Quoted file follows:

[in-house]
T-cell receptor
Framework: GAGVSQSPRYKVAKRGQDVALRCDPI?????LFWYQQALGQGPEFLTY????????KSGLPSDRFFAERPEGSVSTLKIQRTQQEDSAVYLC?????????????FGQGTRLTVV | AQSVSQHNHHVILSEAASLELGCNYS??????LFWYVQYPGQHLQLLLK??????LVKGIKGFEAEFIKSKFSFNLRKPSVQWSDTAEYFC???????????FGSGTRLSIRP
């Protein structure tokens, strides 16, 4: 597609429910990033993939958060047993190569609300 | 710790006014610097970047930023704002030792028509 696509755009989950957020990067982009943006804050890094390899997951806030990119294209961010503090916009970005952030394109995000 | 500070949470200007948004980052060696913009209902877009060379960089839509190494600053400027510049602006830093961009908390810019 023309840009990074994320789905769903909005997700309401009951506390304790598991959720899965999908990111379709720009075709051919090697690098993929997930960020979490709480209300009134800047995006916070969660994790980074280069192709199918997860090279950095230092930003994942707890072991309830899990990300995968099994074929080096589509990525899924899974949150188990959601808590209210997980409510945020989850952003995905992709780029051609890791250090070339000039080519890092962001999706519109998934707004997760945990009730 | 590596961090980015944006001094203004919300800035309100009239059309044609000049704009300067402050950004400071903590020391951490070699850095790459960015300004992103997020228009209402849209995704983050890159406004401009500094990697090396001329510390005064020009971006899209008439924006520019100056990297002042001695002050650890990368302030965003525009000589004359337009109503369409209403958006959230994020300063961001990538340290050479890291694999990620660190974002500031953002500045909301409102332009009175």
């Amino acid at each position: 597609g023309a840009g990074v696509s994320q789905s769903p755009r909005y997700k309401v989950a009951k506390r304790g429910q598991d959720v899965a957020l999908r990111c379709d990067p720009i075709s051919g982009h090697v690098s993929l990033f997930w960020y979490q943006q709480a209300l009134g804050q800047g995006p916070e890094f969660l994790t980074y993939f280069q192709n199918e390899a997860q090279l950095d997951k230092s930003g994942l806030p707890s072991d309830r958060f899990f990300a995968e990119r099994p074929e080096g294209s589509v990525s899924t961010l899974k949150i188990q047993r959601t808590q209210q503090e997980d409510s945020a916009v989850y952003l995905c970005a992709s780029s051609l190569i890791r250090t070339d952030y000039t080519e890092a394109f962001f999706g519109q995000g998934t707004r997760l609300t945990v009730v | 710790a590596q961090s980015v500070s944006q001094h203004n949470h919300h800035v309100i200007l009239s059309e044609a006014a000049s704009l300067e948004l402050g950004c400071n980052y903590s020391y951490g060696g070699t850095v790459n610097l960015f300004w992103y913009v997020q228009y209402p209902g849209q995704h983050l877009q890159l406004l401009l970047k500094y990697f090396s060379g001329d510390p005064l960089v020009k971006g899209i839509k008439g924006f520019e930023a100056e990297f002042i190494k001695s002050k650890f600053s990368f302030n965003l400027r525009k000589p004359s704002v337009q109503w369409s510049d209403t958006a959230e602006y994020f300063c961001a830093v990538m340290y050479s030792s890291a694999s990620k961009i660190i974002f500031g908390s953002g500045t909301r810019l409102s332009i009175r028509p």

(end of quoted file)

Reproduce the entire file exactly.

[in-house]
T-cell receptor
Framework: GAGVSQSPRYKVAKRGQDVALRCDPI?????LFWYQQALGQGPEFLTY????????KSGLPSDRFFAERPEGSVSTLKIQRTQQEDSAVYLC?????????????FGQGTRLTVV | AQSVSQHNHHVILSEAASLELGCNYS??????LFWYVQYPGQHLQLLLK??????LVKGIKGFEAEFIKSKFSFNLRKPSVQWSDTAEYFC???????????FGSGTRLSIRP
């Protein structure tokens, strides 16, 4: 597609429910990033993939958060047993190569609300 | 710790006014610097970047930023704002030792028509 696509755009989950957020990067982009943006804050890094390899997951806030990119294209961010503090916009970005952030394109995000 | 500070949470200007948004980052060696913009209902877009060379960089839509190494600053400027510049602006830093961009908390810019 023309840009990074994320789905769903909005997700309401009951506390304790598991959720899965999908990111379709720009075709051919090697690098993929997930960020979490709480209300009134800047995006916070969660994790980074280069192709199918997860090279950095230092930003994942707890072991309830899990990300995968099994074929080096589509990525899924899974949150188990959601808590209210997980409510945020989850952003995905992709780029051609890791250090070339000039080519890092962001999706519109998934707004997760945990009730 | 590596961090980015944006001094203004919300800035309100009239059309044609000049704009300067402050950004400071903590020391951490070699850095790459960015300004992103997020228009209402849209995704983050890159406004401009500094990697090396001329510390005064020009971006899209008439924006520019100056990297002042001695002050650890990368302030965003525009000589004359337009109503369409209403958006959230994020300063961001990538340290050479890291694999990620660190974002500031953002500045909301409102332009009175």
């Amino acid at each position: 597609g023309a840009g990074v696509s994320q789905s769903p755009r909005y997700k309401v989950a009951k506390r304790g429910q598991d959720v899965a957020l999908r990111c379709d990067p720009i075709s051919g982009h090697v690098s993929l990033f997930w960020y979490q943006q709480a209300l009134g804050q800047g995006p916070e890094f969660l994790t980074y993939f280069q192709n199918e390899a997860q090279l950095d997951k230092s930003g994942l806030p707890s072991d309830r958060f899990f990300a995968e990119r099994p074929e080096g294209s589509v990525s899924t961010l899974k949150i188990q047993r959601t808590q209210q503090e997980d409510s945020a916009v989850y952003l995905c970005a992709s780029s051609l190569i890791r250090t070339d952030y000039t080519e890092a394109f962001f999706g519109q995000g998934t707004r997760l609300t945990v009730v | 710790a590596q961090s980015v500070s944006q001094h203004n949470h919300h800035v309100i200007l009239s059309e044609a006014a000049s704009l300067e948004l402050g950004c400071n980052y903590s020391y951490g060696g070699t850095v790459n610097l960015f300004w992103y913009v997020q228009y209402p209902g849209q995704h983050l877009q890159l406004l401009l970047k500094y990697f090396s060379g001329d510390p005064l960089v020009k971006g899209i839509k008439g924006f520019e930023a100056e990297f002042i190494k001695s002050k650890f600053s990368f302030n965003l400027r525009k000589p004359s704002v337009q109503w369409s510049d209403t958006a959230e602006y994020f300063c961001a830093v990538m340290y050479s030792s890291a694999s990620k961009i660190i974002f500031g908390s953002g500045t909301r810019l409102s332009i009175r028509p």